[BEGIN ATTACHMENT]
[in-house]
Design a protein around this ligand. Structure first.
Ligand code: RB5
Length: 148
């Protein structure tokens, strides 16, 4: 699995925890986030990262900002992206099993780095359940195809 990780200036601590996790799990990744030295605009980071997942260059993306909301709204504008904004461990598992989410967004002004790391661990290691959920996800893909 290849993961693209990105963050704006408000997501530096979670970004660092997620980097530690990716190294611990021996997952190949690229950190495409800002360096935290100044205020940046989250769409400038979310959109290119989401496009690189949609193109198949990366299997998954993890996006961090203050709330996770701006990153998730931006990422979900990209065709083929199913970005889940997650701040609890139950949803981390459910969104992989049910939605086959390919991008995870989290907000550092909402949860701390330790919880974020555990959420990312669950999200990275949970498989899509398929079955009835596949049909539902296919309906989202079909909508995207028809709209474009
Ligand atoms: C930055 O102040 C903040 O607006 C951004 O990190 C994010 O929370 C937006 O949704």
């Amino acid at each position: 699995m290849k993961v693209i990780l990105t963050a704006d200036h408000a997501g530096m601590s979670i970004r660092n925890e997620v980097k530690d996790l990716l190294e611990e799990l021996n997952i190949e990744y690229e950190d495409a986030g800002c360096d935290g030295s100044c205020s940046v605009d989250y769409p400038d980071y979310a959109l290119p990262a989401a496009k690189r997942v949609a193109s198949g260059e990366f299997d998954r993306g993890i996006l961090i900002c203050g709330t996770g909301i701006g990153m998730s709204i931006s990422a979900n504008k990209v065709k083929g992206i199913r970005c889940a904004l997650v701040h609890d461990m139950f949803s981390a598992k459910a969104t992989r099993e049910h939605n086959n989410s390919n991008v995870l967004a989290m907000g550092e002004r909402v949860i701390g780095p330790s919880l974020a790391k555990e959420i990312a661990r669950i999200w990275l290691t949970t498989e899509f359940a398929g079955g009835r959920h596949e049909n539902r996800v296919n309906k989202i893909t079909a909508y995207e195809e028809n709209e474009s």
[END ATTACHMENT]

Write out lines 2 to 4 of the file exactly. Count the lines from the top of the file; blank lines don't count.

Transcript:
Design a protein around this ligand. Structure first.
Ligand code: RB5
Length: 148